How to Treat Yourself Without Going Broke
If you're struggling to get out of debt, to create a budget you can stick with, or to save for future financial goals, smart money management is key meeting these challenges. But, as with any other financial challenge, simply knowing what you should do and when you should do it isn't enough. You also have to reward yourself.
Does that sound counterintuitive? It shouldn't. Have you heard of "cheat days" when it comes to dieting? According to a variety of experts, including the well-known Dr. Oz, too much deprivation on a diet actually leads to more cravings, and more cravings could snowball into a complete loss of motivation. "Sensible cheating" not only helps keep you on the straight and narrow, it is also said to boost your metabolism as well.
Sticking to a money plan is similar to sticking to a healthy eating plan. Occasional and well-thought out splurges can keep you stay sane and motivated to continue making positive financial decisions.
Here are a few tips for treating yourself without going broke in the process.
Understand Your Splurge Triggers
When you see something you want, do you find yourself saying, "I deserve to have that?" If so, then it's time to stop that thought process.
Coming from a place of feeling as if you deserve something actually only hinders your ability to think through the purchase carefully with the bigger picture in mind. This isn't a matter of someone on the outside saying you don't deserve something, this fight is really only between you and you. The you who is trying to create a better financial future and the you who believes material things prove your worth.
If you go with the you who believes that material things prove your worth, the you who has been working hard to reach certain financial milestones is the one who suffers.
Are you tempted to splurge when certain emotions arise or when you're in a specific environment?
Then it's time to become acquainted with what those emotions or environmental triggers mean.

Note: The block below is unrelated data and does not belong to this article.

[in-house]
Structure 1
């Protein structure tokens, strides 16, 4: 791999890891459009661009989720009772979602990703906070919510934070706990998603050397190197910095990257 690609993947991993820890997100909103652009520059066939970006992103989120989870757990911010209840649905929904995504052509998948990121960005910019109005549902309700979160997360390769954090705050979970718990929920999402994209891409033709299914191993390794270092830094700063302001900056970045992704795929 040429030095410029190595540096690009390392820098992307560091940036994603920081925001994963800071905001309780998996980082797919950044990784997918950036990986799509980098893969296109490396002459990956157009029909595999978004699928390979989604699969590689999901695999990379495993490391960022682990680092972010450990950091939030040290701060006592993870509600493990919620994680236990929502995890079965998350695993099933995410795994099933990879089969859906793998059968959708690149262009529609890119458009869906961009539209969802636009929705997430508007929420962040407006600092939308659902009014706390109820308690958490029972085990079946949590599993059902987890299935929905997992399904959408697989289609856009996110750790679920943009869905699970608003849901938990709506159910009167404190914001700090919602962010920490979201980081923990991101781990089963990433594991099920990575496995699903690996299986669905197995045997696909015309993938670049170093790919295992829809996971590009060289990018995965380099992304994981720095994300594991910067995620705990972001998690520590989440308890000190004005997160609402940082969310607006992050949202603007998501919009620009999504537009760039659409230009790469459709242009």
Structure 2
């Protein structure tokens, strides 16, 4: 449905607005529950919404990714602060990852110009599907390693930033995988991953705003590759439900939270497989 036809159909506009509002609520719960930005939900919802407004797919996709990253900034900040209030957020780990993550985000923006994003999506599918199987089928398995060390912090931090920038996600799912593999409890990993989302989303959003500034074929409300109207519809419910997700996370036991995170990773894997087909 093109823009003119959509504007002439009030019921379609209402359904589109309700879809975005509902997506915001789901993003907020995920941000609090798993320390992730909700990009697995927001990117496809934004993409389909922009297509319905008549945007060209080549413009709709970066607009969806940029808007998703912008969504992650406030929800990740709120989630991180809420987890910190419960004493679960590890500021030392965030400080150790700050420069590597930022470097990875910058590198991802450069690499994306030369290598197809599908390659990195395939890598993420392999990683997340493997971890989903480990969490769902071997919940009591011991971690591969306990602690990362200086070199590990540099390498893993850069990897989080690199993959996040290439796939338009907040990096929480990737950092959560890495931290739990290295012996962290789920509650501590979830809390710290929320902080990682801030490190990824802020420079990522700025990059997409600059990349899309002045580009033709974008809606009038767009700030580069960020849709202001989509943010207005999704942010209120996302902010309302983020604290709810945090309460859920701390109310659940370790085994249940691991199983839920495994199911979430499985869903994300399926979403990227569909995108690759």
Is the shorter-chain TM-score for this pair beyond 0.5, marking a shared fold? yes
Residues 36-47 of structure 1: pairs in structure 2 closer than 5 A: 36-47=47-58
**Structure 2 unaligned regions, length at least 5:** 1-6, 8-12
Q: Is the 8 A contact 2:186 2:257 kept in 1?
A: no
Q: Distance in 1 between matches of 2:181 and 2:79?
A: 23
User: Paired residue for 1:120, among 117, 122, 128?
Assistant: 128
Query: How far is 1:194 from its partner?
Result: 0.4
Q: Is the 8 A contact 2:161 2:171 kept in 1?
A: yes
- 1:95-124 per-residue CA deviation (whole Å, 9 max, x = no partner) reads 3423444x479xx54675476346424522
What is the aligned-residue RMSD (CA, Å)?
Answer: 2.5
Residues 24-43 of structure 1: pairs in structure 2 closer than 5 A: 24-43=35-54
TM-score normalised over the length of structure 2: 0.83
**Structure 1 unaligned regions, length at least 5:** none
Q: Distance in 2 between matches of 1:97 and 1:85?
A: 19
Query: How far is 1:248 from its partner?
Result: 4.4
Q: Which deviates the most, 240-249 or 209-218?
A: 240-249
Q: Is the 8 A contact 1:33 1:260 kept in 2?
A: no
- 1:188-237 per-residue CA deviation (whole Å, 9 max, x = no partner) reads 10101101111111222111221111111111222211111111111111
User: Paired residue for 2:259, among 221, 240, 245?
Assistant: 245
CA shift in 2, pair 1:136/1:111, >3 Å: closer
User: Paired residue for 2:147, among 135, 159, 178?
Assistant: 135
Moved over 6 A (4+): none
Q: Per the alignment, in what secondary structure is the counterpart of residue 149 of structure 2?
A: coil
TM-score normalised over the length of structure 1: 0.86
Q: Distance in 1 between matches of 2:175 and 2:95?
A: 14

Splurges that happen on a whim are often times the ones we regret the most because they cater to a need or feeling that might only be temporary. This is one of the easiest ways to see a larger goal – i.e. a vacation or car – slip out of our fingers because several small purchases added up far quicker than we realized.
It's all about being mindful – thinking splurges through in a time frame that allows you to recall the bigger picture and what impact this one thing might have on it. That in and of itself is half the battle.
Appreciate Small Allowances
What comes to mind when you think of splurging? Is it a trip on a private yacht? A sushi dinner? Something in between?
If you were anywhere near the private yacht idea, it's probably time to reel in and reshape your concept of treating yourself.
Think of things that are obtainable in the near future that won't seriously hinder your overall financial health or progress. Did you cut back or cut out a hobby or activity once you started sticking to a budget? Then maybe that could be something you treat yourself with.
The more you appreciate these small allowances, the more satisfaction you'll be able to get out of splurging and gaining control of your finances in general. This mindset will help you stay on track while making big financial changes and long after the need for strict spending has passed.
If you're a parent you probably know that using some type of reward system with your kids only gives the desired results if the rewards are few and far between. Reward too often and it becomes expected – igniting that "but I deserve it!" mentality.
You might be older than your kids, but your psychology works much the same way. If you allow yourself a splurge often enough to where it just becomes commonplace then it's no longer a splurge -- it's an expense.
The less something happens, the more we are able to look forward to it and appreciate it. It might sound like a trick, but even being able to see behind the curtain won't stop this from working in your favor.
Maybe it means planning for one big trip a year, two fancy dinners out every six months, or one $5 coffeehouse drink a week. What it looks like and how much it costs will depend entirely on your personal financial picture.
Make sure that the splurge is significant enough that you will want to continue to work towards it, and allow that excitement or anticipation to build. If you pick something that doesn't seem all that exciting to you then this whole concept falls flat (obviously).
Don't make staying on track financially feel restrictive and suffocating. If you do, the chances of you ever seeing the light at the end of the tunnel are slim.
Treating yourself doesn't go against your financial goals, it's simply just another tool to help you build a strong and stable foundation.